To be fair a car is metal and much bigger than a golf ball.

I am testing out some LNA circuits to see if I can get more range. Pretty noisy out that far.
post #24 of 59
Quote:
Originally Posted by Lihu View Post

To be fair a car is metal and much bigger than a golf ball.

And missiles hundreds of miles away are really small. Fact: they track the ball hundreds of yards. Okay then… a1_smile.gif

Can we get back to the topic now? a1_smile.gif

To that: yes, trust the report.
post #25 of 59

I should definitely get some readings. Was just waiting till I could swing well enough to get good readings. It's expensive to get them done around here.

post #26 of 59

Even if they track the club head they do not know the face angles. When do they start to track the ball after impact and when is the spin value measured?

post #27 of 59
Quote:
Originally Posted by luu5 View Post

Even if they track the club head they do not know the face angles. When do they start to track the ball after impact and when is the spin value measured?

As soon as the unit can "see" the ball. Spin and the other initial qualities are measured then. Perhaps that is what @Spitfisher is saying: these measurements often come in the first 10 feet.

The actual ball flight is measured as long as possible after that.
post #28 of 59

This is a screen shot from a Trackman session with Poulter as seen in this video:

 

In the red circle it displays, in yards, how far away the ball ways when Trackman was last able to track it.  253.9 yards away in this case.  Definitely more than 4-6 ft.

 

 

post #29 of 59
Doppler Radar is highly accurate out to further ranges than you would expect. Like Lihu said, you would need a Low Noise Amp to try and keep the signal clean and quiet. As long as the ball is moving the radar can pick up that movement and distinguish it from the background noise at pretty vast distances.
post #30 of 59
Quote:
Originally Posted by Gridiron View Post
 

This is a screen shot from a Trackman session with Poulter as seen in this video:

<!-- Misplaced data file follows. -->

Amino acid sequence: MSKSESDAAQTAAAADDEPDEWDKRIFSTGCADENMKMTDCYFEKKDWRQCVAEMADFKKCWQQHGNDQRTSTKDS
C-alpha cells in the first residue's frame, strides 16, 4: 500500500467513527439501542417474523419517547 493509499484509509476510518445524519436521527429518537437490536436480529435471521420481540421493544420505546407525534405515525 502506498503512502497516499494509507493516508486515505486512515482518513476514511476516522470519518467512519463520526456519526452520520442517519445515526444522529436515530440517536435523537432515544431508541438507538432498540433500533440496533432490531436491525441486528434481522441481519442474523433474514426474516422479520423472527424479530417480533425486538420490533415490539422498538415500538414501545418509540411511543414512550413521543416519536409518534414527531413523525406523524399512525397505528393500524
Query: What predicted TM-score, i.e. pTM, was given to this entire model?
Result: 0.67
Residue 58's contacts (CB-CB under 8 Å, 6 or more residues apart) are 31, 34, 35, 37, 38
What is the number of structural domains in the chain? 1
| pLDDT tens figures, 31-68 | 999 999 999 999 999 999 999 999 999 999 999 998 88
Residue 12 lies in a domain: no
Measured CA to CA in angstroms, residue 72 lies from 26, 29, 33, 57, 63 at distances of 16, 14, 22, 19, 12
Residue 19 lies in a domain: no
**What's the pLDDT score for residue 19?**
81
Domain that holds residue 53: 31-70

http://www.youtube.com/watch?v=RS44P3hMqrM

 

In the red circle it displays, in yards, how far away the ball ways when Trackman was last able to track it.  253.9 yards away in this case.  Definitely more than 4-6 ft.

 

Yes. I think that what @Spitfisher may have been told (perhaps not as clearly as he could have been) was that a lot of the launch characteristics - ball speed, launch angle, etc. - are measured within about the first 4-5 feet of ball flight.

 

Then the ball is tracked long after that (when possible).

post #31 of 59

The FlightScope X2 tracks the ball (almost) all the way downrange. It is lost when it gets close to the ground on landing due to scatter, but this is the least relevant portion of its flight. I assume TrackMan does the same. You can see this happening if you turn on the Real Time Landing Area display in the FlightScope app. Player hits the shot and immediately you get a little roundel/target overlaid onto the display showing where the ball is predicted to land given the launch conditions. Then (assuming you havent normalized) as the wind on the range starts influencing the flight of the ball, that landing area starts to move. The radar can see that the ball is curving away from the track it was "expecting" it to take and starts to compensate on the fly. As the ball lands, the live ball track and landing area marker come together. 

 

Edit: Whoops, I missed a whole page of further discussion! D'oh.

post #32 of 59
Quote:
Originally Posted by jclark View Post

Doppler Radar is highly accurate out to further ranges than you would expect. Like Lihu said, you would need a Low Noise Amp to try and keep the signal clean and quiet. As long as the ball is moving the radar can pick up that movement and distinguish it from the background noise at pretty vast distances.


My little "dark closet project" that I have been trying to build is something like this, except for golf: